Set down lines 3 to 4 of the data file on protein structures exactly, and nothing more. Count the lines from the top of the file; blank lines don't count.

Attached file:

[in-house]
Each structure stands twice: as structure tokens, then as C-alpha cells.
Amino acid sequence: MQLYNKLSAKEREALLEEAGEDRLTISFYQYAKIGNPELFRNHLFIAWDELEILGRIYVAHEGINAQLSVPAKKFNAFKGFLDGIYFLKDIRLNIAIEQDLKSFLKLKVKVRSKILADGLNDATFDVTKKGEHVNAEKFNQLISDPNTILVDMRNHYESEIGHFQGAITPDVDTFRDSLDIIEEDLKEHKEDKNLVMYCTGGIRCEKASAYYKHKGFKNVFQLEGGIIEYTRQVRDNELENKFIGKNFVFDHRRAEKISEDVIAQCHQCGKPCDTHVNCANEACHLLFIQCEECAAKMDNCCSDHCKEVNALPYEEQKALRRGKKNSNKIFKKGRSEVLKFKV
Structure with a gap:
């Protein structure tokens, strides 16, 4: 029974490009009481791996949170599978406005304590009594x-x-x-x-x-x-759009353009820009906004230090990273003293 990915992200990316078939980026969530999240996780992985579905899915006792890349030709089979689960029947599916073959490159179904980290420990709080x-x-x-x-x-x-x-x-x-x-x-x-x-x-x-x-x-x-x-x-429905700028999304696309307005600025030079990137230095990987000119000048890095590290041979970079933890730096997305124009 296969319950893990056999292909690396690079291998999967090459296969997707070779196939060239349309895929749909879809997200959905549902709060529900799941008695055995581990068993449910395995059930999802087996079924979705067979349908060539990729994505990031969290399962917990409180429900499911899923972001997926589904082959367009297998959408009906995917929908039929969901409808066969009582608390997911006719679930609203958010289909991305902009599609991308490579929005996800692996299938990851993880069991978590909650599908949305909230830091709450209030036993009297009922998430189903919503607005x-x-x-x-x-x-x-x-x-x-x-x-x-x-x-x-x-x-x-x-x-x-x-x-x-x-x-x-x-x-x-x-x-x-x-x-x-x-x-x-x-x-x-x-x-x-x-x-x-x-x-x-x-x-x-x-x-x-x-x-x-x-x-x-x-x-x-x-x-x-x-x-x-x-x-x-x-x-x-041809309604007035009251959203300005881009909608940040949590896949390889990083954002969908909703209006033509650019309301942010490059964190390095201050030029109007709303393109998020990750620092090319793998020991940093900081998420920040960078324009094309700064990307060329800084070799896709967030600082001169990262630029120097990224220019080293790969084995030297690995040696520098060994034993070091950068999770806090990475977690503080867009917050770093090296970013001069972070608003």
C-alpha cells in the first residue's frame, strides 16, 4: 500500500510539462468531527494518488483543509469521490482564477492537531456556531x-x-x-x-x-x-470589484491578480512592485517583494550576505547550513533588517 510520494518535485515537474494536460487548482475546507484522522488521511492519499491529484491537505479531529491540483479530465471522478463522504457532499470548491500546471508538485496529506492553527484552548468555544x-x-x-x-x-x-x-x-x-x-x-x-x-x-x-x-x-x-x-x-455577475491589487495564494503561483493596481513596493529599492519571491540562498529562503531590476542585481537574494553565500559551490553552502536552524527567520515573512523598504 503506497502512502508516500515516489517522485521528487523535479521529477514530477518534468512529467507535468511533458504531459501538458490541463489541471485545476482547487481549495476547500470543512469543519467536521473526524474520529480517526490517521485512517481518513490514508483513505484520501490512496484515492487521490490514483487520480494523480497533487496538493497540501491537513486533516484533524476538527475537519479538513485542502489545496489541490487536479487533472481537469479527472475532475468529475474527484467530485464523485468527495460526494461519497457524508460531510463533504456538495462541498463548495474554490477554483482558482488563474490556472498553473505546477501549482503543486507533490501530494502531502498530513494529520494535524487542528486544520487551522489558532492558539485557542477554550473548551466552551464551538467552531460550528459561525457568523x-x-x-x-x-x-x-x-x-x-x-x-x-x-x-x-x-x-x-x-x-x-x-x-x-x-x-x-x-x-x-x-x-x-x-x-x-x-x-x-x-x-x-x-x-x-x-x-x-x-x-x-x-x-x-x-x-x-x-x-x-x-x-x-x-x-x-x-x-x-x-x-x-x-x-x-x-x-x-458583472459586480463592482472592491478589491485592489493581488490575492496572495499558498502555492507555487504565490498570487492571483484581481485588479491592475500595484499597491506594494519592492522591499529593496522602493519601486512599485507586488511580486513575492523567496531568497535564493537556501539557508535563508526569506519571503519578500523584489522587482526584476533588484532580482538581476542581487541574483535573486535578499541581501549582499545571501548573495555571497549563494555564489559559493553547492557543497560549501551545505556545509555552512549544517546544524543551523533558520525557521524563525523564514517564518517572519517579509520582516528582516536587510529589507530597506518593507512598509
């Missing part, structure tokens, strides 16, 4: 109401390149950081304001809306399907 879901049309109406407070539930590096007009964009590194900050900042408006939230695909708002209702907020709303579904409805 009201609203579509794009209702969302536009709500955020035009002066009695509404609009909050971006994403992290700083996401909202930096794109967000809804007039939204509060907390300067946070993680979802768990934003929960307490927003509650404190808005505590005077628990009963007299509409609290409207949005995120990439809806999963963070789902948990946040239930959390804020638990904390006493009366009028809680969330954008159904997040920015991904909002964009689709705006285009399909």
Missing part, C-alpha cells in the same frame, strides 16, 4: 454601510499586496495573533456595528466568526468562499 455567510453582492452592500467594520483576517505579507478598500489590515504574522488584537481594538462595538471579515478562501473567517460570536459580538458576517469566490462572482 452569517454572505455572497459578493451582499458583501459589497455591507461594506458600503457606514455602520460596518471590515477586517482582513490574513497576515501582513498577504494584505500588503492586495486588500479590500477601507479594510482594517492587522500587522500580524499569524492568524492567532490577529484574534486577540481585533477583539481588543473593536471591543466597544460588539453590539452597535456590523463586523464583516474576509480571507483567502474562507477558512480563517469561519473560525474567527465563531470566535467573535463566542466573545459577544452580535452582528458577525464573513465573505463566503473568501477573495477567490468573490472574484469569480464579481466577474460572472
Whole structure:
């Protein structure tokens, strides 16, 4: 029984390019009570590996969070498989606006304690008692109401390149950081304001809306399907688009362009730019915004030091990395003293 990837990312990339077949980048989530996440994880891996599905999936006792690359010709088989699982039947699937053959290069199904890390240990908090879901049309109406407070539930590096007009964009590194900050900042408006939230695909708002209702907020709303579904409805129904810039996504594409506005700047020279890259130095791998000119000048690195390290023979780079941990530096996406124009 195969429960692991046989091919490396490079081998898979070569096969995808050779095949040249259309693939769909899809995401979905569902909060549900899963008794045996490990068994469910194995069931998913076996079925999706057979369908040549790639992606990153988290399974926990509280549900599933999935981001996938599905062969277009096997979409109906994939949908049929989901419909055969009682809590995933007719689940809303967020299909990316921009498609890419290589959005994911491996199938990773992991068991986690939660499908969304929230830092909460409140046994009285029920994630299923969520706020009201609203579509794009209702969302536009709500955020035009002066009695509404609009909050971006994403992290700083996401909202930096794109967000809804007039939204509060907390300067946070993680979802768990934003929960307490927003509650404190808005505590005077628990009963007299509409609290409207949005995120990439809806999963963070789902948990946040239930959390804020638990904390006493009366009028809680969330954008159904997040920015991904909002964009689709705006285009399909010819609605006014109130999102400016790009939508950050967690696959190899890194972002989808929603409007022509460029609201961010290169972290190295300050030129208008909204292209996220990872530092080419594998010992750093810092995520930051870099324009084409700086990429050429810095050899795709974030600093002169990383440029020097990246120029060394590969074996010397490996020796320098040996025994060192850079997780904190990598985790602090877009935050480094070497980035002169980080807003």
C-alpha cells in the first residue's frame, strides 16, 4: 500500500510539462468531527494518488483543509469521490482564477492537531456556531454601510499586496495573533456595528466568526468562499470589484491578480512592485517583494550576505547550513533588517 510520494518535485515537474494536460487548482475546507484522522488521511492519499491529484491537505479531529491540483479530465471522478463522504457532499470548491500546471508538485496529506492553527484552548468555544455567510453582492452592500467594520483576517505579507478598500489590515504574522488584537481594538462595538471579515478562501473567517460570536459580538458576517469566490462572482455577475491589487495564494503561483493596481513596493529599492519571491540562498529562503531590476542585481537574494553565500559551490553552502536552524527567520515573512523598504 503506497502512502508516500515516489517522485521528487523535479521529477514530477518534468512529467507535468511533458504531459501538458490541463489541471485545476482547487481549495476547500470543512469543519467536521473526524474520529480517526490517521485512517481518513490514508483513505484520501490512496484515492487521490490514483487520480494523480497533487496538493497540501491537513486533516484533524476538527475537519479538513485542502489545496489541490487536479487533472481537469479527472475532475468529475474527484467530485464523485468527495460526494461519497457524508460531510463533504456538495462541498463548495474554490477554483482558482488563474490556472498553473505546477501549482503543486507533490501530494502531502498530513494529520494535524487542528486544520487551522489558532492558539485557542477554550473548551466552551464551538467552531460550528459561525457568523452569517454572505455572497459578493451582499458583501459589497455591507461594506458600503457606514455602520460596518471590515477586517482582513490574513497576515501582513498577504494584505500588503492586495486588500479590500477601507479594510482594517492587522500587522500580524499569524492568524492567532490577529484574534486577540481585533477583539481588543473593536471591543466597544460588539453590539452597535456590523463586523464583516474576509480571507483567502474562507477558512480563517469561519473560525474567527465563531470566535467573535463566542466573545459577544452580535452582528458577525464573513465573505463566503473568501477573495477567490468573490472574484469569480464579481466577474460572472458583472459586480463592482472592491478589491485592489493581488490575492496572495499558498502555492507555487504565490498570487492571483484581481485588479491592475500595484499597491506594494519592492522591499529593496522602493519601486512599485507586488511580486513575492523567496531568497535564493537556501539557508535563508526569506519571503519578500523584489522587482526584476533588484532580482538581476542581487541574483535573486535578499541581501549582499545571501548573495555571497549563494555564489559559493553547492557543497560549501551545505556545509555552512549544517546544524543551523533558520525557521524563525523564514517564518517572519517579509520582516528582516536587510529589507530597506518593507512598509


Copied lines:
Amino acid sequence: MQLYNKLSAKEREALLEEAGEDRLTISFYQYAKIGNPELFRNHLFIAWDELEILGRIYVAHEGINAQLSVPAKKFNAFKGFLDGIYFLKDIRLNIAIEQDLKSFLKLKVKVRSKILADGLNDATFDVTKKGEHVNAEKFNQLISDPNTILVDMRNHYESEIGHFQGAITPDVDTFRDSLDIIEEDLKEHKEDKNLVMYCTGGIRCEKASAYYKHKGFKNVFQLEGGIIEYTRQVRDNELENKFIGKNFVFDHRRAEKISEDVIAQCHQCGKPCDTHVNCANEACHLLFIQCEECAAKMDNCCSDHCKEVNALPYEEQKALRRGKKNSNKIFKKGRSEVLKFKV
Structure with a gap: